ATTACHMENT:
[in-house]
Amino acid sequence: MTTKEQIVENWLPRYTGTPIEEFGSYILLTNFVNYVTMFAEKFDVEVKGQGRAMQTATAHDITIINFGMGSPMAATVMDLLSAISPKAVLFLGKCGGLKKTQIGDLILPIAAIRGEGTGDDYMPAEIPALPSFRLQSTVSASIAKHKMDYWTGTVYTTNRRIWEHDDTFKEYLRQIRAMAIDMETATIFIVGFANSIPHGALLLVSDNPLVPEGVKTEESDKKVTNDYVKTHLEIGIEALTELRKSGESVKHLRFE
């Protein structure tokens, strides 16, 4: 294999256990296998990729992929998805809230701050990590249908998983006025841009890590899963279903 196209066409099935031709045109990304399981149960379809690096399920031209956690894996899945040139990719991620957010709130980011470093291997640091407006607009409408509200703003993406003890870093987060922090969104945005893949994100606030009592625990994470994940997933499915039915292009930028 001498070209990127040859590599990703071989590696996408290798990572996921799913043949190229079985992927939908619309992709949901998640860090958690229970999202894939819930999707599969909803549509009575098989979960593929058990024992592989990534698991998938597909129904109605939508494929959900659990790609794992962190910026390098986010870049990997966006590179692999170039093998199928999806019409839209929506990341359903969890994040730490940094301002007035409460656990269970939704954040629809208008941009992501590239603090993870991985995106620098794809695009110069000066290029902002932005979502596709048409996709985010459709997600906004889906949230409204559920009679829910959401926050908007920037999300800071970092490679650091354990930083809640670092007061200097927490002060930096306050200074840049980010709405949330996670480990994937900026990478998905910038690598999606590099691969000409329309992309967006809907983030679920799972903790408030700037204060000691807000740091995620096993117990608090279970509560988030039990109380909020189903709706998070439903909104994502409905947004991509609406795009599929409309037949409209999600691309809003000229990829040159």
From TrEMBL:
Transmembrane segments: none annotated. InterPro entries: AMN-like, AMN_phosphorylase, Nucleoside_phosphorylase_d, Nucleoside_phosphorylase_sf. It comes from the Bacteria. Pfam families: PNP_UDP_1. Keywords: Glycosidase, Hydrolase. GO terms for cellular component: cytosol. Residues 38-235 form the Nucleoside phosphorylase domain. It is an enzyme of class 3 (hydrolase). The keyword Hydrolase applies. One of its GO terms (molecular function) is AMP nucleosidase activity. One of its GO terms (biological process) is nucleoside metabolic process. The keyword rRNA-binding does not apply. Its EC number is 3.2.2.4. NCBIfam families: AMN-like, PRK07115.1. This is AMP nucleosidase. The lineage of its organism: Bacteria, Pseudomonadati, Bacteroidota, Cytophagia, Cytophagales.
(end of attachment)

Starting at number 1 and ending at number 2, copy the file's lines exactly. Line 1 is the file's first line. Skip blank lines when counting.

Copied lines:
[in-house]
Amino acid sequence: MTTKEQIVENWLPRYTGTPIEEFGSYILLTNFVNYVTMFAEKFDVEVKGQGRAMQTATAHDITIINFGMGSPMAATVMDLLSAISPKAVLFLGKCGGLKKTQIGDLILPIAAIRGEGTGDDYMPAEIPALPSFRLQSTVSASIAKHKMDYWTGTVYTTNRRIWEHDDTFKEYLRQIRAMAIDMETATIFIVGFANSIPHGALLLVSDNPLVPEGVKTEESDKKVTNDYVKTHLEIGIEALTELRKSGESVKHLRFE